I love reading women’s fiction because it’s relatable – a cliché, but true. I can’t count the times I have laughed out loud or shed a tear over stories that have happened to me before.


There is nothing more disappointing than reading a whole book and realising you could have guessed the outcome 300 pages ago.
Is there a good fan base and/or community behind this work or this kind of book?

Fantasy series always have huge followings. For Harry Potter, the story carries on long after you close the book. There is so much more to be learned from the fan community, I love that the stories are rich and detailed enough to have still have unanswered questions, that whole debates and theories can still be found online or with other fans that you come across.
Toni, Me, and Terri

Toni, Me, and Terri

What do you think makes a good book in this genre?

There’s a stereotype attached to ‘Chick lit’ – that it is mass-produced, cheesy, mindless stories. I don’t find that to be true, if you’re reading the right titles. For me, for a book in this genre to stand out, I have to care about the character, believe that someone like that could exist out there somewhere

A poor book in this genre for me personally is a predictable storyline. There is nothing more disappointing than reading a whole book and realising you could have guessed the outcome 300 pages ago.
I had the weirdest sense of déjà vu throughout the entire book – I had read the book before, but not in the same words.
Talk to me about some specific titles that are special or mean more to you and why. Is there a story behind why you value it? Did it make you feel a certain way when you read it?

A memorable title for me was during my year abroad I read a book called ‘Ti ricordi di me?’ in Italian by Sophie Kinsella, or ‘Remember me?’ in English. An advantage of reading a book in this genre in Italian for me was that the content was light and enjoyable, which I found helpful considering the actual language of the book was a big challenge. The book was a mess by the time I got through it, dog-eared and written all over in pencil. Because the book spoke about a lot everyday topics such as work and relationships and used a lot of everyday language, the vocabulary I learned from it was really useful. I read the same book a couple of years later in English, and I had the weirdest sense of déjà vu throughout the entire book – I had read the book before, but not in the same words.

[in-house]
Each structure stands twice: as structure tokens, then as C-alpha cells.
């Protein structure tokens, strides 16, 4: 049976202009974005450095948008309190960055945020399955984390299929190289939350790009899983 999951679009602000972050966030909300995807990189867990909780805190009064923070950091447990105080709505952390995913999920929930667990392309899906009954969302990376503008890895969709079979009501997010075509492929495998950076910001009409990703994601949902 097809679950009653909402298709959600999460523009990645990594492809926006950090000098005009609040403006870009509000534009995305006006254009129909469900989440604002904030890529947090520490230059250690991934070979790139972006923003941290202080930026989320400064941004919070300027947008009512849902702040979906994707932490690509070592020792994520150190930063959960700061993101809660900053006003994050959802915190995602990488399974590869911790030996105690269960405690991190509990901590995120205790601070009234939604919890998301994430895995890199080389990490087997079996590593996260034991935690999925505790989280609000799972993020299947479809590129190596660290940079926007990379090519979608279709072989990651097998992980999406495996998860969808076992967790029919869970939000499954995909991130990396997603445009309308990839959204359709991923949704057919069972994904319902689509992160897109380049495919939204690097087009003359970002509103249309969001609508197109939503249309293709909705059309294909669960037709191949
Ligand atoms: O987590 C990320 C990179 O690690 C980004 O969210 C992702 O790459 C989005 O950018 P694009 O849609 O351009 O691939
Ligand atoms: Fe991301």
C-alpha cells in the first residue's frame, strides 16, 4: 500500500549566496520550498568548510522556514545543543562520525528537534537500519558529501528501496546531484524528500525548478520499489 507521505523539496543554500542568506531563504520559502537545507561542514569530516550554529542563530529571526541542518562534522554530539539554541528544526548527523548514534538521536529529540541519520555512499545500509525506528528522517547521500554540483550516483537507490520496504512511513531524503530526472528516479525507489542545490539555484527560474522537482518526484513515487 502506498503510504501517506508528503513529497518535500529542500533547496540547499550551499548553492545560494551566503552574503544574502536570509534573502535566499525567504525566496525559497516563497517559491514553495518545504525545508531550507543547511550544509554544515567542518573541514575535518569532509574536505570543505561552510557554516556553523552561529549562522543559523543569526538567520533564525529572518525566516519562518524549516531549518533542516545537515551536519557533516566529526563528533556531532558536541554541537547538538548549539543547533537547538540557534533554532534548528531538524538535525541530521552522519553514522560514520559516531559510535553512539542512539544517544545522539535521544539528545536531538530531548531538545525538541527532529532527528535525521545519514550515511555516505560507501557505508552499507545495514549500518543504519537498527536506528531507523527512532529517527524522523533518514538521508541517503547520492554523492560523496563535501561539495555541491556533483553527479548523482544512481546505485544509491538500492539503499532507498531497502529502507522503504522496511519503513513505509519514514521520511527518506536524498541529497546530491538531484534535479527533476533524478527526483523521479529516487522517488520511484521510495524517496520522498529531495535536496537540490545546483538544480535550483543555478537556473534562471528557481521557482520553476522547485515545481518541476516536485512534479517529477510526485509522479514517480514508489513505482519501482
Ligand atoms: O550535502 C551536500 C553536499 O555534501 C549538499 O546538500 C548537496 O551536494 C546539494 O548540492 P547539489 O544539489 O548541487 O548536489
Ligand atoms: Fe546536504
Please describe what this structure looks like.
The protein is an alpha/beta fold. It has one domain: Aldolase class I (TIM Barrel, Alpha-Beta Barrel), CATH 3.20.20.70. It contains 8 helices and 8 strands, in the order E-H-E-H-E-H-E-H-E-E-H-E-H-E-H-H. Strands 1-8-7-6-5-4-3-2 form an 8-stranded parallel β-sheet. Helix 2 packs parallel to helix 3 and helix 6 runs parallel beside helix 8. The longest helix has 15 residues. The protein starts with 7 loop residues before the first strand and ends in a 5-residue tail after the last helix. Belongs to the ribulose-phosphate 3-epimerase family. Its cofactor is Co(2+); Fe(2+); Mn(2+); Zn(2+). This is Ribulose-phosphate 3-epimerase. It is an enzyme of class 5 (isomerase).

Another book I loved was called the Amazing Adventures of Diet Girl – breaking my rule of thumb when it comes to non-fiction. It was written by an Australian lady called Shauna Reid and her weight-loss journey over the space of a few years. It was unbelievable how many of her diary entries could have been written by myself.
Who are your favourite authors and why?

Jane Costello and Lauren Weisberger are my ultimate ‘chick lit’ favourites (Lauren Weisberger is the author of The Devil Wear’s Prada). Jane Costello has a brilliant sense of humour, and for me her books have always been very dependable – most follow the stories of three main female protagonists who are friends – so I know exactly what kind of thing I’m going to get by reading the book. Having said that, she does still manage to weave a brilliant and original story for every single one of her characters throughout her books. For me, light entertainment and easy reading.

Jodi Picoult is another. I think the woman is a genius. But as a general rule after reading one of her books I need a good few weeks or even a few months break before reading another, as they go into very complicated, very deep, and very emotional storylines and are often full of sorrow.  They question society and morals. The court room trials are fascinating.

A great middle ground is Cecilia Ahern. Not quite as heavy as Picoult, but covers a wider range of issues than Jane Costello. And there is just a slight  mystical or spiritual edge and sometimes even a hint of the supernatural in some of her books.

J.K Rowling…for obvious reasons.
Where do you most like to buy your books?

I have a Kindle which is great for travelling, or if you need to get hold of a book straight away, but at the minute is in a corner gathering dust. I don’t see the appeal of yet another screen full of data. I buy my books from Waterstones…the closest I’ll get to the feel of a traditional bookshop.
How do you find out about new titles in this genre?

I rely on word of mouth from friends and family to recommend books for me. I find they have a much wider range in taste than me. If it were left solely up to me, I would stay in my comfort zone and just read authors similar to ones I already read. For that reason only, I am part way through a Stephen King book that you recommended to me. I wouldn’t have ever considered reading it otherwise. Likewise for the odd Dan Brown book, and books such as the Curious Incident of the Dog in the Nighttime. Genius works that I would otherwise miss out on.


What are you reading at the moment/looking to read next?

My next aim to find a good title, and buy it in French, Spanish and Italian. Reading books in foreign languages are a lot like study for the first few books you read, and can take a long time. But my long-term aim is to be able to read them for leisure just like any book I would read in English. A brilliant way to combine my two favourite hobbies.
Me and my literary sisters.

Me and my literary sisters.

Toni Cox Talks Non-Fiction and Self-Help Books!